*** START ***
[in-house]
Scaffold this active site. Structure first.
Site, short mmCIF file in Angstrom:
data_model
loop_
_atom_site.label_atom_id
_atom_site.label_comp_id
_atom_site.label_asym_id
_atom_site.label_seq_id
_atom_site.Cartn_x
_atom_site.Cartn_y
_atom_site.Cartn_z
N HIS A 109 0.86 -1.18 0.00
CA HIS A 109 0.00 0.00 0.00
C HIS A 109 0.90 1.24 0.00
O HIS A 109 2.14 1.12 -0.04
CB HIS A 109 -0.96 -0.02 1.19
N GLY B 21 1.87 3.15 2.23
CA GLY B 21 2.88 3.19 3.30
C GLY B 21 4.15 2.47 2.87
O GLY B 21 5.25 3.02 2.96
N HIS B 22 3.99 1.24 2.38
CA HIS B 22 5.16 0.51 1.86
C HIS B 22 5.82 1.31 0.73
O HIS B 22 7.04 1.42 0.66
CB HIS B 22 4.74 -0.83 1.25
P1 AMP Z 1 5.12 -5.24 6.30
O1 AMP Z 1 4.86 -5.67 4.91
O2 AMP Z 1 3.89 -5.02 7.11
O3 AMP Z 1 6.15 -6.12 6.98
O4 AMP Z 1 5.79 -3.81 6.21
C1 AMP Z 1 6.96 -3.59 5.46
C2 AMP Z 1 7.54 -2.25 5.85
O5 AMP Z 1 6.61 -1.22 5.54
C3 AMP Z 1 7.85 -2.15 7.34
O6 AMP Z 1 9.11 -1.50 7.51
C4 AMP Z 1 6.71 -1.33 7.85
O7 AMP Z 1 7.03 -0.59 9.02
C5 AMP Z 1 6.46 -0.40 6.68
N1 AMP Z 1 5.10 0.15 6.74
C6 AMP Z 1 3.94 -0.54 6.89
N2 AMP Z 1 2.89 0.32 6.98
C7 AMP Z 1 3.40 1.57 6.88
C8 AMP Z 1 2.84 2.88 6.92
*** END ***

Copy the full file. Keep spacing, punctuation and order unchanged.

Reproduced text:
[in-house]
Scaffold this active site. Structure first.
Site, short mmCIF file in Angstrom:
data_model
loop_
_atom_site.label_atom_id
_atom_site.label_comp_id
_atom_site.label_asym_id
_atom_site.label_seq_id
_atom_site.Cartn_x
_atom_site.Cartn_y
_atom_site.Cartn_z
N HIS A 109 0.86 -1.18 0.00
CA HIS A 109 0.00 0.00 0.00
C HIS A 109 0.90 1.24 0.00
O HIS A 109 2.14 1.12 -0.04
CB HIS A 109 -0.96 -0.02 1.19
N GLY B 21 1.87 3.15 2.23
CA GLY B 21 2.88 3.19 3.30
C GLY B 21 4.15 2.47 2.87
O GLY B 21 5.25 3.02 2.96
N HIS B 22 3.99 1.24 2.38
CA HIS B 22 5.16 0.51 1.86
C HIS B 22 5.82 1.31 0.73
O HIS B 22 7.04 1.42 0.66
CB HIS B 22 4.74 -0.83 1.25
P1 AMP Z 1 5.12 -5.24 6.30
O1 AMP Z 1 4.86 -5.67 4.91
O2 AMP Z 1 3.89 -5.02 7.11
O3 AMP Z 1 6.15 -6.12 6.98
O4 AMP Z 1 5.79 -3.81 6.21
C1 AMP Z 1 6.96 -3.59 5.46
C2 AMP Z 1 7.54 -2.25 5.85
O5 AMP Z 1 6.61 -1.22 5.54
C3 AMP Z 1 7.85 -2.15 7.34
O6 AMP Z 1 9.11 -1.50 7.51
C4 AMP Z 1 6.71 -1.33 7.85
O7 AMP Z 1 7.03 -0.59 9.02
C5 AMP Z 1 6.46 -0.40 6.68
N1 AMP Z 1 5.10 0.15 6.74
C6 AMP Z 1 3.94 -0.54 6.89
N2 AMP Z 1 2.89 0.32 6.98
C7 AMP Z 1 3.40 1.57 6.88
C8 AMP Z 1 2.84 2.88 6.92